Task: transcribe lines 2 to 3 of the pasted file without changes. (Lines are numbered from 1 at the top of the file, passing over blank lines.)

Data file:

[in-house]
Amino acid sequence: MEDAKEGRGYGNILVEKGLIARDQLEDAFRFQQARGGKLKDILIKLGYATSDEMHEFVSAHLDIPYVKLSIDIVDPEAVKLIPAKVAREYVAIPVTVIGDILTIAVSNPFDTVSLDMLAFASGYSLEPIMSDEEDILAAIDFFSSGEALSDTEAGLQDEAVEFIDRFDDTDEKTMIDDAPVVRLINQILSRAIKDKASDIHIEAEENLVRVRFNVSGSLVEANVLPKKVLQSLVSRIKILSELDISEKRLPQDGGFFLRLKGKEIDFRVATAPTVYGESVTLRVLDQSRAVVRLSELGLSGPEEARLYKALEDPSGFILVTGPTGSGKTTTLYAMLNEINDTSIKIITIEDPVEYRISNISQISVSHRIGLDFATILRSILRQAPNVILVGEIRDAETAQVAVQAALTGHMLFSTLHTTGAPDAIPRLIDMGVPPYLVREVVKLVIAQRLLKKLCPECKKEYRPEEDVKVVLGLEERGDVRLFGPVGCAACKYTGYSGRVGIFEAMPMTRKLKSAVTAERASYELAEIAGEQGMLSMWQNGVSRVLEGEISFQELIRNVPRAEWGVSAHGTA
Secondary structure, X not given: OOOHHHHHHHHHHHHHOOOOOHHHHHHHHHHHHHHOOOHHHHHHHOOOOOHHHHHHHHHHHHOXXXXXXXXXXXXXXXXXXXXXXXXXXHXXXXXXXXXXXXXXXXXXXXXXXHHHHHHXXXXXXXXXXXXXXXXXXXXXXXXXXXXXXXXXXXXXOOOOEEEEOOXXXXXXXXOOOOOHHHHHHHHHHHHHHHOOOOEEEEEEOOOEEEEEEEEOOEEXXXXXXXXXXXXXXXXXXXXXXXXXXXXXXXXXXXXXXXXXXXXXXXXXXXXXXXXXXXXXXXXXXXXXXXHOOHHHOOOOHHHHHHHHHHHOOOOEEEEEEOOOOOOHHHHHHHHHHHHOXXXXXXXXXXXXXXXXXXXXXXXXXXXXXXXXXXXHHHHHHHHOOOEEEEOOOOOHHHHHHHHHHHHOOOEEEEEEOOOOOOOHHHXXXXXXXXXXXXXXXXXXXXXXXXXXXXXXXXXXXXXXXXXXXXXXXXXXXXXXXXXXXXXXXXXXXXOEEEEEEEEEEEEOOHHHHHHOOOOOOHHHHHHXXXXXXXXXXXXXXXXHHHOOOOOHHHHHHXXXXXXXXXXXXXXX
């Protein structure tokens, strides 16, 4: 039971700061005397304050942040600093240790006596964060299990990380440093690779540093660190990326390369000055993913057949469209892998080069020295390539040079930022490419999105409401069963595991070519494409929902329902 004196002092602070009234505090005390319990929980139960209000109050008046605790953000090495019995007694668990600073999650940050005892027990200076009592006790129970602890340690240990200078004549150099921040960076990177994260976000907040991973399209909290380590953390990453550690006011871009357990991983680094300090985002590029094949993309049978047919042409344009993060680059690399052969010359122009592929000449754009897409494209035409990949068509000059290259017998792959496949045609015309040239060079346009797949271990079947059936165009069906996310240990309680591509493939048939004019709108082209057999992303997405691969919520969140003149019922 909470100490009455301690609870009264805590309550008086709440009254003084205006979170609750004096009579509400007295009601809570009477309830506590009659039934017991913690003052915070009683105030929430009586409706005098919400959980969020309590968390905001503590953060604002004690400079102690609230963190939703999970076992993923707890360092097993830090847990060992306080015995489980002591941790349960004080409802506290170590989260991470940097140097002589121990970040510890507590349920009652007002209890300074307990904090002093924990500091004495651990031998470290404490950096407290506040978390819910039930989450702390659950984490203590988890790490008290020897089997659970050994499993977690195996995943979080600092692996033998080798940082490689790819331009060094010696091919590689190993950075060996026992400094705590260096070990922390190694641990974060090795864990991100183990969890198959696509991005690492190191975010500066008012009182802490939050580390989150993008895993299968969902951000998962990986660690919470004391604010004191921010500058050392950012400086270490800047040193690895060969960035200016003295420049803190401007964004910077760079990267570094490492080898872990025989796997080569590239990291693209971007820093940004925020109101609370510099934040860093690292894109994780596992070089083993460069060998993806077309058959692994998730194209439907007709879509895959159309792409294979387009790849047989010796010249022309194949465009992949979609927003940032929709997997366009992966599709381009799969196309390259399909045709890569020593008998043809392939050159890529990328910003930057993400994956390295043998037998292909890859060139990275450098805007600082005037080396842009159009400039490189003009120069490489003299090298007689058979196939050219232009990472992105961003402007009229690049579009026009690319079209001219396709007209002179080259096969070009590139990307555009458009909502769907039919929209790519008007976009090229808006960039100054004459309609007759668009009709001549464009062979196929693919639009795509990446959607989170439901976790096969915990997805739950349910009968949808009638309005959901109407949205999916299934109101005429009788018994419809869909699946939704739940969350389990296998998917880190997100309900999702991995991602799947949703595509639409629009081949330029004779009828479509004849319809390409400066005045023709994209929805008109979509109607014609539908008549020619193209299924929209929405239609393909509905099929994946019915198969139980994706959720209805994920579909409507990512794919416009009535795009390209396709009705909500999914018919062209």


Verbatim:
Amino acid sequence: MEDAKEGRGYGNILVEKGLIARDQLEDAFRFQQARGGKLKDILIKLGYATSDEMHEFVSAHLDIPYVKLSIDIVDPEAVKLIPAKVAREYVAIPVTVIGDILTIAVSNPFDTVSLDMLAFASGYSLEPIMSDEEDILAAIDFFSSGEALSDTEAGLQDEAVEFIDRFDDTDEKTMIDDAPVVRLINQILSRAIKDKASDIHIEAEENLVRVRFNVSGSLVEANVLPKKVLQSLVSRIKILSELDISEKRLPQDGGFFLRLKGKEIDFRVATAPTVYGESVTLRVLDQSRAVVRLSELGLSGPEEARLYKALEDPSGFILVTGPTGSGKTTTLYAMLNEINDTSIKIITIEDPVEYRISNISQISVSHRIGLDFATILRSILRQAPNVILVGEIRDAETAQVAVQAALTGHMLFSTLHTTGAPDAIPRLIDMGVPPYLVREVVKLVIAQRLLKKLCPECKKEYRPEEDVKVVLGLEERGDVRLFGPVGCAACKYTGYSGRVGIFEAMPMTRKLKSAVTAERASYELAEIAGEQGMLSMWQNGVSRVLEGEISFQELIRNVPRAEWGVSAHGTA
Secondary structure, X not given: OOOHHHHHHHHHHHHHOOOOOHHHHHHHHHHHHHHOOOHHHHHHHOOOOOHHHHHHHHHHHHOXXXXXXXXXXXXXXXXXXXXXXXXXXHXXXXXXXXXXXXXXXXXXXXXXXHHHHHHXXXXXXXXXXXXXXXXXXXXXXXXXXXXXXXXXXXXXOOOOEEEEOOXXXXXXXXOOOOOHHHHHHHHHHHHHHHOOOOEEEEEEOOOEEEEEEEEOOEEXXXXXXXXXXXXXXXXXXXXXXXXXXXXXXXXXXXXXXXXXXXXXXXXXXXXXXXXXXXXXXXXXXXXXXXHOOHHHOOOOHHHHHHHHHHHOOOOEEEEEEOOOOOOHHHHHHHHHHHHOXXXXXXXXXXXXXXXXXXXXXXXXXXXXXXXXXXXHHHHHHHHOOOEEEEOOOOOHHHHHHHHHHHHOOOEEEEEEOOOOOOOHHHXXXXXXXXXXXXXXXXXXXXXXXXXXXXXXXXXXXXXXXXXXXXXXXXXXXXXXXXXXXXXXXXXXXXOEEEEEEEEEEEEOOHHHHHHOOOOOOHHHHHHXXXXXXXXXXXXXXXXHHHOOOOOHHHHHHXXXXXXXXXXXXXXX